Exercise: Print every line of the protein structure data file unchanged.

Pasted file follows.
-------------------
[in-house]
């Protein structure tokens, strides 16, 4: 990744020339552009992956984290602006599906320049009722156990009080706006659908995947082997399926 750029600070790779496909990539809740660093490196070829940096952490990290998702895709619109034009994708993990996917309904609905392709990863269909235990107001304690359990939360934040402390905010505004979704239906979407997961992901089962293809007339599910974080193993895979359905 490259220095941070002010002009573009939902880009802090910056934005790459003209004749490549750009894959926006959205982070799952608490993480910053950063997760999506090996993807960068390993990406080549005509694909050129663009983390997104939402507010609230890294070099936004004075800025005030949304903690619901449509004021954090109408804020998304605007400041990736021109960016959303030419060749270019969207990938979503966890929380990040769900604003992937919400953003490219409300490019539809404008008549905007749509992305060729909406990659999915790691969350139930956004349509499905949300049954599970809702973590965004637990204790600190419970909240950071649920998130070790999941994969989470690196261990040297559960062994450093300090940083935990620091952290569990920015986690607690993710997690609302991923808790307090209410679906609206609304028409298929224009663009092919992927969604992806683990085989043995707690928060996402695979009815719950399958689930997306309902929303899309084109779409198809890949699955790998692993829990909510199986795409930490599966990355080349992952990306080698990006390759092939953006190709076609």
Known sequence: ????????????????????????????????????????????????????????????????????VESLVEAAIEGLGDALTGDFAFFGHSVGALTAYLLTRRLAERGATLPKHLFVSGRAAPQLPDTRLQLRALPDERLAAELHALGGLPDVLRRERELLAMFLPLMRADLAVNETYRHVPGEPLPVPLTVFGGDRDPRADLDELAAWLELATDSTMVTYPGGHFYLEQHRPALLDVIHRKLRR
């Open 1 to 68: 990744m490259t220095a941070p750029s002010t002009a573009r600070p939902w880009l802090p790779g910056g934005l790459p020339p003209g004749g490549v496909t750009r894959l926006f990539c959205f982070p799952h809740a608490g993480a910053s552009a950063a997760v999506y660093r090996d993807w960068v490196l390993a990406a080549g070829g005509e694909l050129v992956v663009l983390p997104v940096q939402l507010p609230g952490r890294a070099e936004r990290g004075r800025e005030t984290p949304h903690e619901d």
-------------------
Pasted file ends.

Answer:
[in-house]
């Protein structure tokens, strides 16, 4: 990744020339552009992956984290602006599906320049009722156990009080706006659908995947082997399926 750029600070790779496909990539809740660093490196070829940096952490990290998702895709619109034009994708993990996917309904609905392709990863269909235990107001304690359990939360934040402390905010505004979704239906979407997961992901089962293809007339599910974080193993895979359905 490259220095941070002010002009573009939902880009802090910056934005790459003209004749490549750009894959926006959205982070799952608490993480910053950063997760999506090996993807960068390993990406080549005509694909050129663009983390997104939402507010609230890294070099936004004075800025005030949304903690619901449509004021954090109408804020998304605007400041990736021109960016959303030419060749270019969207990938979503966890929380990040769900604003992937919400953003490219409300490019539809404008008549905007749509992305060729909406990659999915790691969350139930956004349509499905949300049954599970809702973590965004637990204790600190419970909240950071649920998130070790999941994969989470690196261990040297559960062994450093300090940083935990620091952290569990920015986690607690993710997690609302991923808790307090209410679906609206609304028409298929224009663009092919992927969604992806683990085989043995707690928060996402695979009815719950399958689930997306309902929303899309084109779409198809890949699955790998692993829990909510199986795409930490599966990355080349992952990306080698990006390759092939953006190709076609």
Known sequence: ????????????????????????????????????????????????????????????????????VESLVEAAIEGLGDALTGDFAFFGHSVGALTAYLLTRRLAERGATLPKHLFVSGRAAPQLPDTRLQLRALPDERLAAELHALGGLPDVLRRERELLAMFLPLMRADLAVNETYRHVPGEPLPVPLTVFGGDRDPRADLDELAAWLELATDSTMVTYPGGHFYLEQHRPALLDVIHRKLRR
């Open 1 to 68: 990744m490259t220095a941070p750029s002010t002009a573009r600070p939902w880009l802090p790779g910056g934005l790459p020339p003209g004749g490549v496909t750009r894959l926006f990539c959205f982070p799952h809740a608490g993480a910053s552009a950063a997760v999506y660093r090996d993807w960068v490196l390993a990406a080549g070829g005509e694909l050129v992956v663009l983390p997104v940096q939402l507010p609230g952490r890294a070099e936004r990290g004075r800025e005030t984290p949304h903690e619901d």